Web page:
A number of western New York Congressional legislators are worried the U.S. Department of Transportation (DOT) will soften the FAR Part 121 pilot experience requirements that evolved from the crash of Colgan Air Flight 3407 while on approach to Buffalo, N.Y., in February 2009.
In a joint letter to DOT Secretary Ray LaHood and FAA Acting Administrator Michael Huerta, Brian Higgins (D-NY), Louise M. Slaughter (D-NY), Tom Reed (R-NY) and Kathleen Hochul (D-NY) acknowledged the “significant gap in the hiring standards for first officers between the major and regional carriers. We have seen in the past that when flight crews do not receive adequate training, the propensity for a fatal error to occur increases. Fulfilling the intent of the 1,500-flight hour requirement must be taken very seriously.”
The legislators emphasized that this requirement should be attained through nothing short of actual flying experience. Provisions in the new legislation potentially offer military and some college flight school graduates an opportunity to earn a restricted ATP certificate [with reduced flight time] to meet the new requirements.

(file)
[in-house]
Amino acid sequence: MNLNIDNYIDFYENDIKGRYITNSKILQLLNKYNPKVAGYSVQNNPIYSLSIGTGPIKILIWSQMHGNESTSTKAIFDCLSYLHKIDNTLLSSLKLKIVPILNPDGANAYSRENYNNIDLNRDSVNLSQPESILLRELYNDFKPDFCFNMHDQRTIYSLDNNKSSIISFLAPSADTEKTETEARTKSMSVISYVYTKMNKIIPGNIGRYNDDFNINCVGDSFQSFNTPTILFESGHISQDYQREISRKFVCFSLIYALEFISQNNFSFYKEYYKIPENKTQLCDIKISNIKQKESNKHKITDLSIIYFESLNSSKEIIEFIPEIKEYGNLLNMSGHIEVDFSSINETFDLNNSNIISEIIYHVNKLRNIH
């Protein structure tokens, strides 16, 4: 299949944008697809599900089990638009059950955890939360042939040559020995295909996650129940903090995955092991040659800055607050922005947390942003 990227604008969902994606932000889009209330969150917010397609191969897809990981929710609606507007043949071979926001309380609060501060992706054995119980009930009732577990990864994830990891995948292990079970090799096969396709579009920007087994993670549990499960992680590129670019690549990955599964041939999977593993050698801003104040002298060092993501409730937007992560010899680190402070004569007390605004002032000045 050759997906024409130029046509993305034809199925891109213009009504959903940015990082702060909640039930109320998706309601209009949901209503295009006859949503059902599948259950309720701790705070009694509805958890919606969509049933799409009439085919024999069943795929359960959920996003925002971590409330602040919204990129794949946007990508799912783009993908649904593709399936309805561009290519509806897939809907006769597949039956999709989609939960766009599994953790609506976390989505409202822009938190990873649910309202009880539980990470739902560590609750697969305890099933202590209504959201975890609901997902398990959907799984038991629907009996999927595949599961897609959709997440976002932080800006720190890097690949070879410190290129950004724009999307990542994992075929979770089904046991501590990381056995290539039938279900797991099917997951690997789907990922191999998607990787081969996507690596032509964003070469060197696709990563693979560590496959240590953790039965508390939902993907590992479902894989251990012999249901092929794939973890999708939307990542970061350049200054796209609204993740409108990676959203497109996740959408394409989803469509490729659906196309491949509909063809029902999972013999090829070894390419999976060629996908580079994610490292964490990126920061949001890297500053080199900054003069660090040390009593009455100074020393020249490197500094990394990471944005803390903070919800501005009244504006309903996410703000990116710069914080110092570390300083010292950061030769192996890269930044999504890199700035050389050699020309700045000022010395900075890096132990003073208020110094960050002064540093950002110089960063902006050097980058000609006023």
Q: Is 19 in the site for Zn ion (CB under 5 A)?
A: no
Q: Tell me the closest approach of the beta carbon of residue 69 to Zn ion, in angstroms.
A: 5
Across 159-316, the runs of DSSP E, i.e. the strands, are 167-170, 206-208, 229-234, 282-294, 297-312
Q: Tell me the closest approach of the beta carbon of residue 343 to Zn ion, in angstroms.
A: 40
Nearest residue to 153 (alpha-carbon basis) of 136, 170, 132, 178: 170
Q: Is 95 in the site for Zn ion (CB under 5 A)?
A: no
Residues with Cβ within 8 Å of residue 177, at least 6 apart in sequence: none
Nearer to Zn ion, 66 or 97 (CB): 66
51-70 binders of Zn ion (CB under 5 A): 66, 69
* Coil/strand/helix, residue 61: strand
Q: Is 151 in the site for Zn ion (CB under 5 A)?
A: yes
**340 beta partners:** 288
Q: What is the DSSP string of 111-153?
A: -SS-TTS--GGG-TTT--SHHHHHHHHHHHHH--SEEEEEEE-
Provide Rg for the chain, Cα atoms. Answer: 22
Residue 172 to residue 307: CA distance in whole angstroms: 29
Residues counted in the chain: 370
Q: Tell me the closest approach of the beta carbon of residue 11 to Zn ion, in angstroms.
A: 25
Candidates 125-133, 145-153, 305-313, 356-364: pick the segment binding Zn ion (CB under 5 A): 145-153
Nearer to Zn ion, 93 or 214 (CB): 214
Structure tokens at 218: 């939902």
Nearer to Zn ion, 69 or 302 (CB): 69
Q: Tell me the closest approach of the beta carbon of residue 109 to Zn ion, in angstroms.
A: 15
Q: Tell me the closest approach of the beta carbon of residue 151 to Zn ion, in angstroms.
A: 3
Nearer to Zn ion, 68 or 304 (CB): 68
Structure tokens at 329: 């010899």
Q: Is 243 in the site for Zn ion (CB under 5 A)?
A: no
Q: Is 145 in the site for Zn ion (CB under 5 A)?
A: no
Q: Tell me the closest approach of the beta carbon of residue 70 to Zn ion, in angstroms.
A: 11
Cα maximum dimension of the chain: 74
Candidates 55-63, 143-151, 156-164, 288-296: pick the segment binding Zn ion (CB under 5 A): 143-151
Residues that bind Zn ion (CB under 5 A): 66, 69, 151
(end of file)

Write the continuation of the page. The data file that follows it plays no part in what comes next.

“Other than the specialized military training, we express concern about any proposal to abridge the 1,500-hour requirement,” they wrote. “Such [other] alternatives should be avoided to preserve the safety standards intended by the law. We ask that as you promulgate these regulations, you use your statutory discretion to hold to the standard steadfastly.”
Comments to the Notice of Proposed Rulemaking regarding Part 121 pilot experience closed on April 30.